There are three options:
1) Say we belong to the same time as Rawls, say that it he was a great philosopher, and so commit to the institutional structures Rawls was a part of;
2) Say we belong to the same time as Rawls, say he belonged to bad institutional structures, and so denounce his work as problematic; or
3) Say we belong to a different time than Rawls, say he was a great philosopher, and so take on the task of how to continue thinking in that mode without continuing the institutional structures within which Rawls worked.
Option (1) perpetuates the status quo. It gives a sense of historical proximity, especially to the people who were friends or students of Rawls and Nozick and Sellars, etc. But that very sense of proximity and sameness is also what makes one turn a blind eye to the obvious institutional problems within which Rawls, et al. worked.
Option (2) goes to the other extreme, and tries to change the system by denouncing the philosophy it produces. But this is to throw the baby out with the bath water. For if you say Rawls, Sellars and Quine didn't produce good work, you seem to be motivated to make that judgment on institutional grounds, rather than on evaluating the work in terms of its content. One can of course disagree with A Theory of Justice, but I think it is pretty hard to say that it is bad philosophy, as if it is failing to meet even some basic standards of good philosophy. If one cannot see the beauty and power of Rawl's work, then it seems as if one is missing out on appreciating something good about the world.
Option (3) avoids the problems of (1) and (2). But it requires that one accept that one is living in a new era, and that means to embrace breaking with the past in significant ways. This can be hard to do, especially if one defines one's identity as a philosopher in those older ways. But if one can manage to do this, and so define one's identity as a philosopher in a new way, then one gains the ability to be within academic philosophy in a new way, and without feeling beholden to its past.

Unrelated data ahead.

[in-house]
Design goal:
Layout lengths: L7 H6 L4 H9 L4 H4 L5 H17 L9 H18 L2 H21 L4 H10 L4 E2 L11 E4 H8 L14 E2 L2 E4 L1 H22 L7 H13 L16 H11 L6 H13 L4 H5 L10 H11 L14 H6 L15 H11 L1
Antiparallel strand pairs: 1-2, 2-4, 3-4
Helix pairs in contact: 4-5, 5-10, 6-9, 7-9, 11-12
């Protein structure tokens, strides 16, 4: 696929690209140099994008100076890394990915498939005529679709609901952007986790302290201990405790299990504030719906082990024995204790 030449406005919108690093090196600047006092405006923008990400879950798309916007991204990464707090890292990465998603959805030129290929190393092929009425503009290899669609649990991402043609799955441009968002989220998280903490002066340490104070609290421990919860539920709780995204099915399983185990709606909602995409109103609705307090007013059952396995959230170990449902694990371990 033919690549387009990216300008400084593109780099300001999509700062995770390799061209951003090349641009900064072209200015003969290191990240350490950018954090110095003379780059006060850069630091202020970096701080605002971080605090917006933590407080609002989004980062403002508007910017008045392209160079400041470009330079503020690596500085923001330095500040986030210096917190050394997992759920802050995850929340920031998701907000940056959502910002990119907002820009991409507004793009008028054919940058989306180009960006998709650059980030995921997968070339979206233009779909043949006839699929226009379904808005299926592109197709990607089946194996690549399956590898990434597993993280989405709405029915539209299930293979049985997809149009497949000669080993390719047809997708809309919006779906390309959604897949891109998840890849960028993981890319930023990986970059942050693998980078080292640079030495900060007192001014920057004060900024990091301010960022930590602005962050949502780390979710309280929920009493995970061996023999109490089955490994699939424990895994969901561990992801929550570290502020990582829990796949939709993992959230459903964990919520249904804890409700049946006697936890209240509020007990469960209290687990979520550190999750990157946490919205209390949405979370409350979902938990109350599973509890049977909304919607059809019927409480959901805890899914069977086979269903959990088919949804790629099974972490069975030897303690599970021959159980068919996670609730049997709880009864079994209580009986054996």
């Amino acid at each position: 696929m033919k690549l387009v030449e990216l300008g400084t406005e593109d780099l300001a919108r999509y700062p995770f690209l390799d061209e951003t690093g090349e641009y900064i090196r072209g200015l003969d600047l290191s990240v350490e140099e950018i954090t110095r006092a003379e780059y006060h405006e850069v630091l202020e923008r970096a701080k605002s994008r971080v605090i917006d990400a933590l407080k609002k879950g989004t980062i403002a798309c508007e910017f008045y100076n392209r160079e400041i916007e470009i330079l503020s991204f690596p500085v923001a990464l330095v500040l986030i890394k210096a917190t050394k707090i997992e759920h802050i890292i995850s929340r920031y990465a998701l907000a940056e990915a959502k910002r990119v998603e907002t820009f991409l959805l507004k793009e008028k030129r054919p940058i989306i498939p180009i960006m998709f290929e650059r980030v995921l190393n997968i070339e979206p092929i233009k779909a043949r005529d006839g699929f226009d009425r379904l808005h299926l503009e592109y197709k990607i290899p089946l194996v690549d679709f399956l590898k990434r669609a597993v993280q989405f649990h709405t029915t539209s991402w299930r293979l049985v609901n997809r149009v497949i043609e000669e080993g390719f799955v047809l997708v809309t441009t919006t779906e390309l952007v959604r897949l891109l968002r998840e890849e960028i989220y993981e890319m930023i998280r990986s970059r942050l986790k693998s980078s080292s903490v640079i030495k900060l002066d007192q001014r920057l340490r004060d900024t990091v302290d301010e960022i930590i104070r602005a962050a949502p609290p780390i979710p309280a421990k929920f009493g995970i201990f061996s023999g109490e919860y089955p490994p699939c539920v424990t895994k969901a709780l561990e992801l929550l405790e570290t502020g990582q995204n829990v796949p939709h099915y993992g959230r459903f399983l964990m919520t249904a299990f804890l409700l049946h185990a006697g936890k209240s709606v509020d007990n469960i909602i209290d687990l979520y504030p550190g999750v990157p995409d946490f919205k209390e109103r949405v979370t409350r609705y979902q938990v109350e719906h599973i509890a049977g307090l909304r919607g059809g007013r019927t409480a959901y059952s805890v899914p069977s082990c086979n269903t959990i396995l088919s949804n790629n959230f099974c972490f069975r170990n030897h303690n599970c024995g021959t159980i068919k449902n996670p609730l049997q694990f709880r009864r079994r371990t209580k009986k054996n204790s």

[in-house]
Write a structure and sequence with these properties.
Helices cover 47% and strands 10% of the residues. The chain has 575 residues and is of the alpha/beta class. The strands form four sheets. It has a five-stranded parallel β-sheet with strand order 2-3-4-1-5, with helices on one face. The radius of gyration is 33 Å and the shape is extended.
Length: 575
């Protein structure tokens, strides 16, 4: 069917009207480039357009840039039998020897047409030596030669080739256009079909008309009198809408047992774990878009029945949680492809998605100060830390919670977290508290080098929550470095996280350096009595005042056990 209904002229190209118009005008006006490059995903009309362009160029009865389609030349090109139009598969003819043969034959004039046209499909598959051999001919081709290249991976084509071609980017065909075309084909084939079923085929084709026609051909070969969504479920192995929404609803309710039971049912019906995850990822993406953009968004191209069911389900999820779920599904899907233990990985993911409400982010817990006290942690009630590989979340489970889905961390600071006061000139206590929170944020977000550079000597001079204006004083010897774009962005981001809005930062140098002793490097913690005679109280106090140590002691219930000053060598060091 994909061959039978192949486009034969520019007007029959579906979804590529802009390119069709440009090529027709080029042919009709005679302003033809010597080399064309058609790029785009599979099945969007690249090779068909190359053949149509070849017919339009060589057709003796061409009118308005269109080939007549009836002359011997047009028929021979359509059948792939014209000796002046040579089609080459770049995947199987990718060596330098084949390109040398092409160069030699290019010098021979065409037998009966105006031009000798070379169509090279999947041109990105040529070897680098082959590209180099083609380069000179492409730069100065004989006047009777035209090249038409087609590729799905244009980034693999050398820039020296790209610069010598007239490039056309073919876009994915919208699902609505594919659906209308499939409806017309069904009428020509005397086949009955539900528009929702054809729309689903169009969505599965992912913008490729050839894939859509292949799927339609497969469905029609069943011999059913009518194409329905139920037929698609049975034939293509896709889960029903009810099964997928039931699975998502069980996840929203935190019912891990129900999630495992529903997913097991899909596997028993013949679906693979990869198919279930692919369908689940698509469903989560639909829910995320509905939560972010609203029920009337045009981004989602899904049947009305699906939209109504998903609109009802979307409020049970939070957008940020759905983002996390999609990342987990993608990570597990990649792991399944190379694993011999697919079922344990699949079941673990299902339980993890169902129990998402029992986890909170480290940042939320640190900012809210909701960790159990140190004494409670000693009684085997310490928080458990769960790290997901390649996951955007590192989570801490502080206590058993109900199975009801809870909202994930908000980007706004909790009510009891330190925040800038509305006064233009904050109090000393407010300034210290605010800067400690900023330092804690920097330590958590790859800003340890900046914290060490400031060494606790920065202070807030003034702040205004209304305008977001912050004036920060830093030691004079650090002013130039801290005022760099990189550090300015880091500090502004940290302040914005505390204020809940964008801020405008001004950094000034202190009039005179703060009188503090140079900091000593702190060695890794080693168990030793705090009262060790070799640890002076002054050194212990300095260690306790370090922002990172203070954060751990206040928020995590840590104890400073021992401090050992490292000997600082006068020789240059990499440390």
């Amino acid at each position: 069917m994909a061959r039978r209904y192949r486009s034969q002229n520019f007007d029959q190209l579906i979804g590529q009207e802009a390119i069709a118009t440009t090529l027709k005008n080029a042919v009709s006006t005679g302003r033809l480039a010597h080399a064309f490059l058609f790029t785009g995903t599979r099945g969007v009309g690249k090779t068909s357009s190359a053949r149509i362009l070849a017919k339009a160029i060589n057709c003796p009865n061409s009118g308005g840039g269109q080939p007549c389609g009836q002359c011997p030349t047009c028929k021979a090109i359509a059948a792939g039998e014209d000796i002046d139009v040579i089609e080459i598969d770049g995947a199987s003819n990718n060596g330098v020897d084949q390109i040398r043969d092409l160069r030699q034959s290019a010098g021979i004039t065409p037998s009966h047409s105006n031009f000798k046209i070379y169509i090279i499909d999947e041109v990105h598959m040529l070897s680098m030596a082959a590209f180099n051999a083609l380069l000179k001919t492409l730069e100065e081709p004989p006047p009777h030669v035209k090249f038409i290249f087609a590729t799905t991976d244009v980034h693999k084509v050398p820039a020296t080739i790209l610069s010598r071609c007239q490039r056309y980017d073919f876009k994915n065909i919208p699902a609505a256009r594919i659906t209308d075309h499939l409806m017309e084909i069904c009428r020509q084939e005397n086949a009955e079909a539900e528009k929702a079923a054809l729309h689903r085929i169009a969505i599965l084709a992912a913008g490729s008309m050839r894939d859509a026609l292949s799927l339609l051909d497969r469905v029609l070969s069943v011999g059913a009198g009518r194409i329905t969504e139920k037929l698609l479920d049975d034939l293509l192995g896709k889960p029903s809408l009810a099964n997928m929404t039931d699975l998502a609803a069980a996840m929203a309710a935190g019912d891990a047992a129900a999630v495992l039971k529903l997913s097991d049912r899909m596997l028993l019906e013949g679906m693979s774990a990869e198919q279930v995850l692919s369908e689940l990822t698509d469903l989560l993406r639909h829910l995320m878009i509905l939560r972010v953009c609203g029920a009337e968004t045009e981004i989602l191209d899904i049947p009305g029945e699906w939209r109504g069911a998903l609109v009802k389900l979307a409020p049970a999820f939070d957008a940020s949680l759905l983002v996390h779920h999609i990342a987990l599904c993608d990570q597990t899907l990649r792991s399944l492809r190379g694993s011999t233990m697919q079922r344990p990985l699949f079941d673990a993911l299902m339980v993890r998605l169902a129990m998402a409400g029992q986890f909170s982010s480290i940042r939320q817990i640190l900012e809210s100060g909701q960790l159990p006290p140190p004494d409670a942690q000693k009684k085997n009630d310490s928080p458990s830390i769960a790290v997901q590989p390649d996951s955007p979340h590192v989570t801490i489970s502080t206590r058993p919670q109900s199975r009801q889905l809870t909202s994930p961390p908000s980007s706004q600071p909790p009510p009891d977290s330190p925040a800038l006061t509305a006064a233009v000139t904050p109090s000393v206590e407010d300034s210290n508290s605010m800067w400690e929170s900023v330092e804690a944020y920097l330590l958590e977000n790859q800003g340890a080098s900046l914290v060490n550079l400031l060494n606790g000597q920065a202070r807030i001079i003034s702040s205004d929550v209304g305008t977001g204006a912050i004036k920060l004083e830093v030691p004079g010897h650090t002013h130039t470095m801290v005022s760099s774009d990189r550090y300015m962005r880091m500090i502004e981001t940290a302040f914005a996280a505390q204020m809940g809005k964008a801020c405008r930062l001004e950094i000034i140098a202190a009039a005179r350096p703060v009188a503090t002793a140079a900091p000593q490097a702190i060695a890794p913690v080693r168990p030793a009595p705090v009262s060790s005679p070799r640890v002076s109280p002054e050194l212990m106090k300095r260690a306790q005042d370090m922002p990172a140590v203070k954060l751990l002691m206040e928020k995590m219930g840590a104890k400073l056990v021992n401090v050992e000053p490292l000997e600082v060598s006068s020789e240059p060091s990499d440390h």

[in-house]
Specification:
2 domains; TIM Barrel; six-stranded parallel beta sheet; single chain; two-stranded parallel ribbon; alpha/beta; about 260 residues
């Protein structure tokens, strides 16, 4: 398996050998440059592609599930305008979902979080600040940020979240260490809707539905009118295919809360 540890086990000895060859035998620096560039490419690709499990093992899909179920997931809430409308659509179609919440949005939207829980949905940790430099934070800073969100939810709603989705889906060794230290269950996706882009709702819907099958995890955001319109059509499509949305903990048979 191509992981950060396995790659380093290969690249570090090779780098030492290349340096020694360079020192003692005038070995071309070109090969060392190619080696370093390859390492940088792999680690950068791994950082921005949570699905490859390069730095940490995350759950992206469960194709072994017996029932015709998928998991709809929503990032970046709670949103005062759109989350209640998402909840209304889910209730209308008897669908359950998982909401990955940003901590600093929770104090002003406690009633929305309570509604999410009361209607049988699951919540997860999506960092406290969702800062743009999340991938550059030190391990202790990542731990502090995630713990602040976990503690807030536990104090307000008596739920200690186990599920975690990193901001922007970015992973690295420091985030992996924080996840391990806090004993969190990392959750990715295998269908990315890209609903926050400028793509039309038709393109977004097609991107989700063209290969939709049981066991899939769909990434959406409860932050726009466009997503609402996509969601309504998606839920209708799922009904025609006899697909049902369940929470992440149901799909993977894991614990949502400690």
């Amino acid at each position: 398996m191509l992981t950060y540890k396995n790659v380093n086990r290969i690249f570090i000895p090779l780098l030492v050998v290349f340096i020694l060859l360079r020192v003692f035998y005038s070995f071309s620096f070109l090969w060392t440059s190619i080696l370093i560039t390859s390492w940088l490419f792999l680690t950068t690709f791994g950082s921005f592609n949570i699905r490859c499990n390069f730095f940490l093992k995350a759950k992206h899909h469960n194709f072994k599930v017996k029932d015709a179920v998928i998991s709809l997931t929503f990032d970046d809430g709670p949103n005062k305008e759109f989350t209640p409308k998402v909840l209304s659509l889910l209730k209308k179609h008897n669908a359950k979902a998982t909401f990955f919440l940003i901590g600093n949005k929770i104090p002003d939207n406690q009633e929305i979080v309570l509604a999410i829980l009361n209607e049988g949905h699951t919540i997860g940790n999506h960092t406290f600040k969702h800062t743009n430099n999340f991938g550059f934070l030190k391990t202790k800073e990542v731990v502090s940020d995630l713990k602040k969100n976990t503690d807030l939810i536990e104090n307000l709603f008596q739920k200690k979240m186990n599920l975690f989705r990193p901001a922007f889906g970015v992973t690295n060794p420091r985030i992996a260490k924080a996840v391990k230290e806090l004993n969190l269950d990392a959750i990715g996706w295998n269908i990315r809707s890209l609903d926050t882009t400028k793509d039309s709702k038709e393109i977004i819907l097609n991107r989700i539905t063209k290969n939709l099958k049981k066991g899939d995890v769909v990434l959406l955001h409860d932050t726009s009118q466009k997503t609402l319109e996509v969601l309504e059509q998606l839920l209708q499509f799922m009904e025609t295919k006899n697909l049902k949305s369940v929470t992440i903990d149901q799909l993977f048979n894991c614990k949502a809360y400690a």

Academic philosophy will start to change and improve when more philosophers, including well known philosophers, start to embrace (3). In doing that, they will find their voice, and will be able to be critical of the profession without being hypocritical. The root of the hypocricy is trying to be critical of the current institutional structures even while trying to just emulate the past philosophers who were themselves silent about those institutional structures. You can't have your cake and eat it too. If you want to be just like Rawls or just like Lewis, then you can't bemoan the institutional structures which enable you to be like them. But if you are willing to be a new kind of academic philosopher, one which we haven't seen before, then you can accept that even the privileges you have are simply a matter of luck and chance, and then help create, as a fellow partner with everyone else, new structures in academia.